I’m going to tell you why you should take your kids to see “Annie” (your black kids, brown kids, white kids, foster kids, adopted kids, bio kids, etc.). And I’m going to do it in two words: Punky Brewster.
Maybe you don’t remember Punky Brewster, but I do. It was one of the few shows approved by my pretty sheltering parents (an example of how sheltered I was— I didn’t know the song “Little Girls” existed in “Annie” because my mom was so offended by it she edited it out of our recorded off of TV version) and featured as a main character a girl about my age who was a foster child. I loved her. She was feisty and had an unusual fashion sense. She was brave in all the ways I wanted to be. She had a grumpy foster dad who had a secret soft side for her.
I can’t remember the plot line of a single episode. I can’t tell you if I’d still support that portrayal of foster kids or what might offend me if I watched it as a foster parent now. All I can tell you is that the 7 year-old me incorporated that into her mind about what it meant to be a foster kid. It became part of a burning passion in my heart that continued to be shaped by watching the original “Annie”, reading the “Orphan Train” series of books, growing up around relatives who were foster parents, and playing orphanage with my dolls. I was a loved child from a stable family and my heart was burdened from the youngest ages I can remember for kids who needed family. My morals were shaped by a Biblical ideal of orphan care, but my curiosity was engaged by these portrayals of orphans and foster kids from the books, the movies, and the TV shows I was exposed to.
So take your kids to see “Annie”. Don’t shelter them from the reality that there are foster kids in their own town. Let them sit for a bit in the understanding that not everybody has a home where they belong. Let them develop empathy. Let them wonder how they can help. You may very well be raising a future foster mom, a future adoptive dad, a potential lawyer or judge or caseworker or advocate for the needs of these kids. This can be part of a spark that lights a fire for them. Shelter them from being hurt by the tragedies in this world, but don’t shelter them from understanding that other kids haven’t had that kind of care and protection. Help them understand with compassion and love the realities of the world around them.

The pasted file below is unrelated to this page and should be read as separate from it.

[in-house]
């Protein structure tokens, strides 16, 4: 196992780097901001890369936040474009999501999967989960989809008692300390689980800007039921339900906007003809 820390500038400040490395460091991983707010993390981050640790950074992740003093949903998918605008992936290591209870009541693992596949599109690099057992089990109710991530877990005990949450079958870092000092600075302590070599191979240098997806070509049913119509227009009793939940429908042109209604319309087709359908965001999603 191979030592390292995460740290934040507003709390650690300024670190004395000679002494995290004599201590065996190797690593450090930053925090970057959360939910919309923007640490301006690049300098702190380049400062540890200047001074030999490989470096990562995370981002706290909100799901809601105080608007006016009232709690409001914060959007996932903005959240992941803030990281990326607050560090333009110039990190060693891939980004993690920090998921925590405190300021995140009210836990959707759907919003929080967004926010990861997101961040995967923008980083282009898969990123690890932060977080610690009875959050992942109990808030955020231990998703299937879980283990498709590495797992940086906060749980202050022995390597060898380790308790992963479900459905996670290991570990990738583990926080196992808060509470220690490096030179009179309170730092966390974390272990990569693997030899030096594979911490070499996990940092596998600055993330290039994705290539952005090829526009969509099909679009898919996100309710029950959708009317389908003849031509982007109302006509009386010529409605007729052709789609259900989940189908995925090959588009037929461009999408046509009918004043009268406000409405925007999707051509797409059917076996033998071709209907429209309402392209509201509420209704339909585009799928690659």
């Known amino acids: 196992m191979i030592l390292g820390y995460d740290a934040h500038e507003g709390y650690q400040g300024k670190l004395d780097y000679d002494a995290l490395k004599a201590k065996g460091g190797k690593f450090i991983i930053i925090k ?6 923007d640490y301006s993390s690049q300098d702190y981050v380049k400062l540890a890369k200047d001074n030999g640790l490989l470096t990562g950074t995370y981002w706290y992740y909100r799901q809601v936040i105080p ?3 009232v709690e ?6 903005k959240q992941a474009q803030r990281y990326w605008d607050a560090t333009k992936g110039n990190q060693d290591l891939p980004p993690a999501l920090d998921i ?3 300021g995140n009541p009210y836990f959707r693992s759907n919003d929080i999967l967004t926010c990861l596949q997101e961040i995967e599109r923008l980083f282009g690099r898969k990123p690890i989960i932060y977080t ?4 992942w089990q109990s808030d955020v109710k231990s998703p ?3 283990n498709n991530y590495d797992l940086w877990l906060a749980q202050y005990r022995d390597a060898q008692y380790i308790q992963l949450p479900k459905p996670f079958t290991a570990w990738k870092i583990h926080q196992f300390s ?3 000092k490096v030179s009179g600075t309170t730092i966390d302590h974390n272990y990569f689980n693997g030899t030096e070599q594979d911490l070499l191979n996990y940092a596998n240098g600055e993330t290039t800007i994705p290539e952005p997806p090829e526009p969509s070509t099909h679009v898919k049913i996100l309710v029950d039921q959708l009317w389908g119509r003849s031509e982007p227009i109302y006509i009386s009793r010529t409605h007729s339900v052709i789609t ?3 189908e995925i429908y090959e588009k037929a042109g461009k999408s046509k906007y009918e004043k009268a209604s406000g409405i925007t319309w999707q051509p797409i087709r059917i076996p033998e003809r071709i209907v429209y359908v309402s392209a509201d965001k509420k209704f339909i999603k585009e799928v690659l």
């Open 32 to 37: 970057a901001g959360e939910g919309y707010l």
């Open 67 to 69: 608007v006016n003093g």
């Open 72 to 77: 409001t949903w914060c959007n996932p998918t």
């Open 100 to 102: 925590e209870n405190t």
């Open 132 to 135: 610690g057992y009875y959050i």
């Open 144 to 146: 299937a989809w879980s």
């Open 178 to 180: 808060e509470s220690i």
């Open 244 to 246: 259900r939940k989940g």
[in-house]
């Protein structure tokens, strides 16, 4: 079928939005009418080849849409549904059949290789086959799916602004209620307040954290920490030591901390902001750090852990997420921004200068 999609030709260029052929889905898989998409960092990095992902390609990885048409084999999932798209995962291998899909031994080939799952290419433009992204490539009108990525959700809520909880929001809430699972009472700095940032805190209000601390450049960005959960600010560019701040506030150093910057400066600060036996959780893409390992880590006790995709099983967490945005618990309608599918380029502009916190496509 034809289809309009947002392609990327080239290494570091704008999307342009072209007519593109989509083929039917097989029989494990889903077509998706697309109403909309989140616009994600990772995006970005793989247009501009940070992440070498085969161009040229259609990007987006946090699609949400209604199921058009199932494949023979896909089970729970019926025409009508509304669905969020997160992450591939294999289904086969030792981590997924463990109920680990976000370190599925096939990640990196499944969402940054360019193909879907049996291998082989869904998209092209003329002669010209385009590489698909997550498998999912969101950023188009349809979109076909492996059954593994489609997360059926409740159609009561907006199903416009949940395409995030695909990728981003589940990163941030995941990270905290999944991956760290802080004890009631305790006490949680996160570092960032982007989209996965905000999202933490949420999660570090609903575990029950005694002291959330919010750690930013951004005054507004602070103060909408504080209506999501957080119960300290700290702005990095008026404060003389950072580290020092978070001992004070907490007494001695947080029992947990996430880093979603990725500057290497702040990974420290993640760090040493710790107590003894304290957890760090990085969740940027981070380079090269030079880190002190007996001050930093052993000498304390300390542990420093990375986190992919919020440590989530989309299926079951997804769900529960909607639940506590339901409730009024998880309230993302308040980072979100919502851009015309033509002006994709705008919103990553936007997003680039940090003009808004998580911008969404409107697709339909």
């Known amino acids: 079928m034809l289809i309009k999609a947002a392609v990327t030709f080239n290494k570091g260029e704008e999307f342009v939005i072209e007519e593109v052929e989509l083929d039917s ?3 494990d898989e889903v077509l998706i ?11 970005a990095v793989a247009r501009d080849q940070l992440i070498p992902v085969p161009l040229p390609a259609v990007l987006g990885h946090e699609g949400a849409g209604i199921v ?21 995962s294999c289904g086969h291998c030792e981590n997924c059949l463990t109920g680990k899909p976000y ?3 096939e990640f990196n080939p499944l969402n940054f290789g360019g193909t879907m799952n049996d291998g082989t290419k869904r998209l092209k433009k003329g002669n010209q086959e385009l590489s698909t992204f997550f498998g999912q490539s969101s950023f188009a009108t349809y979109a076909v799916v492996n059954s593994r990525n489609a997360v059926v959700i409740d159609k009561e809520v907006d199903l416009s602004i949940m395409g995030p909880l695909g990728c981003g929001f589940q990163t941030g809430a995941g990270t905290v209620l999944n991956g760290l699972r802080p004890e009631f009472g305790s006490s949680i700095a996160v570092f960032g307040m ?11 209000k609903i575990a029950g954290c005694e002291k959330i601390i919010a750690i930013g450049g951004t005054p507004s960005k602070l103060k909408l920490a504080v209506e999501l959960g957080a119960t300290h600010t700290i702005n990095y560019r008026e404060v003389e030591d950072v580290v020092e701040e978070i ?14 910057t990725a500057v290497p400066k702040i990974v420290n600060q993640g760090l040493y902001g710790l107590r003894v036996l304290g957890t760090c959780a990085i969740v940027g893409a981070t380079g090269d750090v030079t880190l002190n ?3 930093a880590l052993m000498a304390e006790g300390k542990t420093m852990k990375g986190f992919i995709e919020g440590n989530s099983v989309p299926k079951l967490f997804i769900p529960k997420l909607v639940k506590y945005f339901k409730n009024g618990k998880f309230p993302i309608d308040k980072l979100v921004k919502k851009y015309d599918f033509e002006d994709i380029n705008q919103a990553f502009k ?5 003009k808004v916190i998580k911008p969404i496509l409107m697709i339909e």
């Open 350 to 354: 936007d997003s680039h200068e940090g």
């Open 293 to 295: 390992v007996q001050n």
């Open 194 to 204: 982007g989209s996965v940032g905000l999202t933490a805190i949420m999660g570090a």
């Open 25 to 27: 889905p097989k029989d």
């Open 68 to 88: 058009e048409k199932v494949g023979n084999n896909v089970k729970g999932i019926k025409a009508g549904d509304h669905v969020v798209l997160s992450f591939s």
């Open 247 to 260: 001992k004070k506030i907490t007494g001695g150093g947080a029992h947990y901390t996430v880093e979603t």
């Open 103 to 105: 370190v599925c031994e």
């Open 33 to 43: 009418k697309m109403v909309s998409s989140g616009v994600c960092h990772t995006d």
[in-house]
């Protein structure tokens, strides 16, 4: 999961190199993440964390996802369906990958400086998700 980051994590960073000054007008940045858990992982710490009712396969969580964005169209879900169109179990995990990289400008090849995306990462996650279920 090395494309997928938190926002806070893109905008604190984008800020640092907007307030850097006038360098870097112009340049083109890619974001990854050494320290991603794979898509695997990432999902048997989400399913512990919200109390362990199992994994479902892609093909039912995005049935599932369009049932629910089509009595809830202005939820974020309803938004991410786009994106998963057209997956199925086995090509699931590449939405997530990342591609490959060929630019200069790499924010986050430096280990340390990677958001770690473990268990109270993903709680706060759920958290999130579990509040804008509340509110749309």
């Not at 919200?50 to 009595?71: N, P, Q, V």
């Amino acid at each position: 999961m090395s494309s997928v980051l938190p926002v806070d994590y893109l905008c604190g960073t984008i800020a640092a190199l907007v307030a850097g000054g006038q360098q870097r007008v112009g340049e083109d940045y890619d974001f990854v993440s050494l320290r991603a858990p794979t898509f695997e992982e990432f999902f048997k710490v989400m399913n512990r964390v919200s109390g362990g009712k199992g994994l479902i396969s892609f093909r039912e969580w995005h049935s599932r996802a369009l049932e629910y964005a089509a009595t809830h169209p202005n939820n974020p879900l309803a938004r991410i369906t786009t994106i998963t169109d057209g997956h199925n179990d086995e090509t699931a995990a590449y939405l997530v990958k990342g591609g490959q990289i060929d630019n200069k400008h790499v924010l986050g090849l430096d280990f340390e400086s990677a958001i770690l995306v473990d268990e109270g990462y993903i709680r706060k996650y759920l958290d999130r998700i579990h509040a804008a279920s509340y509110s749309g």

Leave that theatre and ask them what they would have said to Annie if they could have talked to her about her situation. Ask them how they felt about what happened to Annie. For our kids adopted from foster care, we talk openly about what would happen to them if we couldn’t care for them (in the case of our death). You’d think that would be really morbid or give them fear, but they get a lot of peace from knowing that they will never again be foster kids. They have a long list of relatives and family friends that would step in to care for them if they didn’t have us as parents anymore.
I can’t say “Annie” won’t be triggering for kids still currently in foster care. I can see her adoption storyline would be painful for kids still waiting for family. The same way “The Parent Trap” paints an unrealistic picture of a happy ending of reunification for divorced families, this could have a similar impact on kids who don’t have permanency in sight. The reality is that FAR too many kids age out of the system without legal parents. I shed some tears when Pepper said, “Nobody wants to adopt a teenager.” How I wish that weren’t true. I hope this movie will inspire a new generation of kids to think about their peers in foster care and to then grow up and DO something.
It was easy for me as a person who is familiar with “the system” to take issue with some of the specifics of the movie. Biological parents can’t come back in the picture after six years, sign some papers and leave with their child. No judge we’ve ever dealt with would be like, “Oh, you’ve been looking for her? Cool. Here she is.” The approval process Mr. Stacks (the “Daddy Warbucks” character) goes through is a joke and nothing like what would have to happen for someone to be approved to have a foster kid in their home. But ultimately that’s not what’s important. It’s important to me that my kids have their imagination captured in positive ways by this story. I’ve seen it happen time and again for them. “Despicable Me”, “Meet the Robinsons”, these are movies that have inspired good conversations with our kids and have given them courage when they see a character they identify with do great things.
Let the movie be a starting point for a conversation about family. About compassion. And about what we can do to help the kids who need us. I hope this movie will be a “Punky Brewster” moment for my kids’ generation.
Maralee is a mother of six pretty incredible kids ages seven and under. Four of my kids were adopted (one internationally from Liberia, three through foster care) and two of our sons we made ourselves. Prior to becoming parents my husband and I were houseparents at a children’s home and had the privilege of helping to raise17 boys during our five year tenure. I’m crazy passionate about caring for kids, foster parenting and adoption, making my husband a fairly decent dinner every night, staying on top of the laundry, watching ridiculous documentaries, and doing everything I do for God’s glory.
Read more from Maralee at www.amusingmaralee.com.